TO GET TO know his new recruit, Adams would take George for long drives around the NMJC campus and pepper him with questions about his life in Nigeria. After a while, George would get quiet, and Adams would nudge him.
"What do you think of all this?" he'd ask.
George's answer was always the same.
"Coach," he'd say, "this is heaven."
On the court, George's perimeter game didn't develop as Adams had hoped and his skill set was raw, but he worked hard and learned quickly. Adams had four players miss a game against South Plains during George's freshman season, forcing a late reworking of the game plan. George's role changed the most, and the two stayed in Adams' office well past midnight, watching film and talking through technique. Before George left for the night, he turned to his coach and grinned.
"Don't worry, Coach," he said. "We're going to win."
George played 33 minutes in the game, scoring 16 points and grabbing 13 rebounds, and as he left the court with a little more than a minute to play and a 12-point lead, he walked past Adams and smiled again. "See," he said. "I told you."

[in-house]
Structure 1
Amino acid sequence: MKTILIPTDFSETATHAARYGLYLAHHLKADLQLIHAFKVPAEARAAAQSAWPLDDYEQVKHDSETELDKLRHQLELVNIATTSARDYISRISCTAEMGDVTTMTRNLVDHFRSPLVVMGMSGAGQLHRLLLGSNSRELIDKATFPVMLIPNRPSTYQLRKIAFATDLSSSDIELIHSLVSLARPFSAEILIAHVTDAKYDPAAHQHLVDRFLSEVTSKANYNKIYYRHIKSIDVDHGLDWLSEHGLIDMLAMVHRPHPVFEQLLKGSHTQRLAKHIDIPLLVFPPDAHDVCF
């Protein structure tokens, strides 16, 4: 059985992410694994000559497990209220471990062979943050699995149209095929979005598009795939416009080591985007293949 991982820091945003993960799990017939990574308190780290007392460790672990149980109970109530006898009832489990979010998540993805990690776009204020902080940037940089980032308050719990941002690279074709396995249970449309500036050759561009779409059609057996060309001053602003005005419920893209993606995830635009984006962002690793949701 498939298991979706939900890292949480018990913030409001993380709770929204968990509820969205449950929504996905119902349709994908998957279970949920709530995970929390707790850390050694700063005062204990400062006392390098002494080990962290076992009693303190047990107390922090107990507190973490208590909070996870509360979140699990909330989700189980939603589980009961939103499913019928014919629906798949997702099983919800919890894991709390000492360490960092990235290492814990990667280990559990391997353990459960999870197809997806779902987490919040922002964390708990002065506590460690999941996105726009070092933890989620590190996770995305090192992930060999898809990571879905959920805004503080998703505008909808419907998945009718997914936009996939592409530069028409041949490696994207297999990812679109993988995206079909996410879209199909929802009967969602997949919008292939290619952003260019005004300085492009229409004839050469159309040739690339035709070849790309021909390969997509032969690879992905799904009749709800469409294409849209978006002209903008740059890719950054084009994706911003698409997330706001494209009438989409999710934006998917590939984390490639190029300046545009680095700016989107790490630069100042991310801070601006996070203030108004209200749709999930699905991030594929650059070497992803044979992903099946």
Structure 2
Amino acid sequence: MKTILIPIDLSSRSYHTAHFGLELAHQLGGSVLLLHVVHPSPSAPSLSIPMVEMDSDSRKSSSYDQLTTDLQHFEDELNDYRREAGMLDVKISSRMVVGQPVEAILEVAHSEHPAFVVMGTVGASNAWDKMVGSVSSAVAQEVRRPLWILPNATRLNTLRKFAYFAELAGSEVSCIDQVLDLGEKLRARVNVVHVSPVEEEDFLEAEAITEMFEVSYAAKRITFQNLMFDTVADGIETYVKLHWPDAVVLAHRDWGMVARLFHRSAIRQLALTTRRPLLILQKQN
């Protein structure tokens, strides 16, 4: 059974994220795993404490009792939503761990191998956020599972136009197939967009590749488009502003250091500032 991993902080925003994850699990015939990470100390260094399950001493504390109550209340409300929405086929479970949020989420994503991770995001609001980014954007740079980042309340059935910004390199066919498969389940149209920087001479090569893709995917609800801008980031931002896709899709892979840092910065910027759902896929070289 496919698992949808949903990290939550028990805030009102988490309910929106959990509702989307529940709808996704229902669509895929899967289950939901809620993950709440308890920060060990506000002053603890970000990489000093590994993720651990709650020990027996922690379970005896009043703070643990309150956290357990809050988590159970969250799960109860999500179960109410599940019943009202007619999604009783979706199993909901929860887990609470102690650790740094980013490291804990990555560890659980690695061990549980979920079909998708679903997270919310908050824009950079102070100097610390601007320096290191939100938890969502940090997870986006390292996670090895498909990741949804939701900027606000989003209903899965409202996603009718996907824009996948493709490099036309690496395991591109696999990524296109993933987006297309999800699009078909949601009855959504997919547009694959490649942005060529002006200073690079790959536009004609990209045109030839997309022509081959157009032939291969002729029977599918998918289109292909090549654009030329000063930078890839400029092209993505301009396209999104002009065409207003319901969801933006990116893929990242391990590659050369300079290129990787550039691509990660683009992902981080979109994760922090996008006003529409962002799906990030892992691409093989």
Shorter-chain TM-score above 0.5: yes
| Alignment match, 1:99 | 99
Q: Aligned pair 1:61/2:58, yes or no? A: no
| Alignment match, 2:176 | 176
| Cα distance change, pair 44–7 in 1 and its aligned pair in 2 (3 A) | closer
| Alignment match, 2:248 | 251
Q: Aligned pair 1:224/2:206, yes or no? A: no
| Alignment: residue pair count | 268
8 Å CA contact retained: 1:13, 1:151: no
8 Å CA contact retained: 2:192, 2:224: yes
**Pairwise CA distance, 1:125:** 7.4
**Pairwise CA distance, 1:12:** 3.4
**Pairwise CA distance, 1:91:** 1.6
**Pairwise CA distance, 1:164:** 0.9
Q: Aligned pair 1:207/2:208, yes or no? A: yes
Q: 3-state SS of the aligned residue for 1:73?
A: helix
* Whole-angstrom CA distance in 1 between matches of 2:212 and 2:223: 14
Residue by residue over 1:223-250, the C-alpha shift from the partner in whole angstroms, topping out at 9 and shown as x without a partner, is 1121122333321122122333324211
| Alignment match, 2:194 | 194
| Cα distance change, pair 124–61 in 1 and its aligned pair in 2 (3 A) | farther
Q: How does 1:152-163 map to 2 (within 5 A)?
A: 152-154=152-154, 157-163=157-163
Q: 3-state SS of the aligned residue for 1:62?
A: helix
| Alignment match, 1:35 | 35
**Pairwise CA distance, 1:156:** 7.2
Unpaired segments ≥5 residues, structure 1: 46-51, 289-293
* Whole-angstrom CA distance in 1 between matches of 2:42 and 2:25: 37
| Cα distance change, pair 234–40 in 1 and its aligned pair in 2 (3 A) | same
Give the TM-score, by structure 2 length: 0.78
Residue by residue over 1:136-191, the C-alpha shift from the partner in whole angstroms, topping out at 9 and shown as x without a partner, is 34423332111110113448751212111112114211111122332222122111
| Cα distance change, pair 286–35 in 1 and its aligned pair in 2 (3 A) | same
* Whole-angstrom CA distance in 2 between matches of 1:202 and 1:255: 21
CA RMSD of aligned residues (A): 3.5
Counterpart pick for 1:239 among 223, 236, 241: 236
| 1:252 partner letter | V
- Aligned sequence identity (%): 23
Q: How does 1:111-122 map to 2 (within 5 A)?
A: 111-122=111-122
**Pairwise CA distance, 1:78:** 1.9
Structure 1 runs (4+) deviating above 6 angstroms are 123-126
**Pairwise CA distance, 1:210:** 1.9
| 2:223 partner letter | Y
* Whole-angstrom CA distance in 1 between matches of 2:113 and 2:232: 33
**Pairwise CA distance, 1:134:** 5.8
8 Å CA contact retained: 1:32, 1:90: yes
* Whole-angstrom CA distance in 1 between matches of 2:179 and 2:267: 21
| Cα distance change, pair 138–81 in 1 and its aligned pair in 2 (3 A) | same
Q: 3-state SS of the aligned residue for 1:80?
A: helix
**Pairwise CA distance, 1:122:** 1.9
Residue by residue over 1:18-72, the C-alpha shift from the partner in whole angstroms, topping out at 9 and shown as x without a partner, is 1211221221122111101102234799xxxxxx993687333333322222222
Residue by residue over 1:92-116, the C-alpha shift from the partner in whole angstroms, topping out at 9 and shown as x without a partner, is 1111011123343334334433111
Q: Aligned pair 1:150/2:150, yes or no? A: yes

George was named to the Western Junior College Athletic Conference all-conference team as a freshman and won newcomer of the year honors. He was all-conference again as a sophomore.
Still, George thought often of his family and others in Minna. He'd skip meals so he could send the entirety of his weekly work-study stipends -- about $100 per week -- back home, but he longed to do more.
Then he found those shoes in a dorm-room garbage can.
George started collecting sneakers first from teammates, then he asked a few friends on the women's basketball team for extra shoes, too. That led to George meeting soccer players and cross country runners, all willing to donate. Eventually, word of George's quest got back to Adams, who pitched a plan to the school's athletic director to offer free tickets to any fans who donated a pair of shoes. Dozens showed up for the game, sneakers in hand.
"I don't know if there's a person on Earth who doesn't like Gideon," Adams said. "You can just see his heart."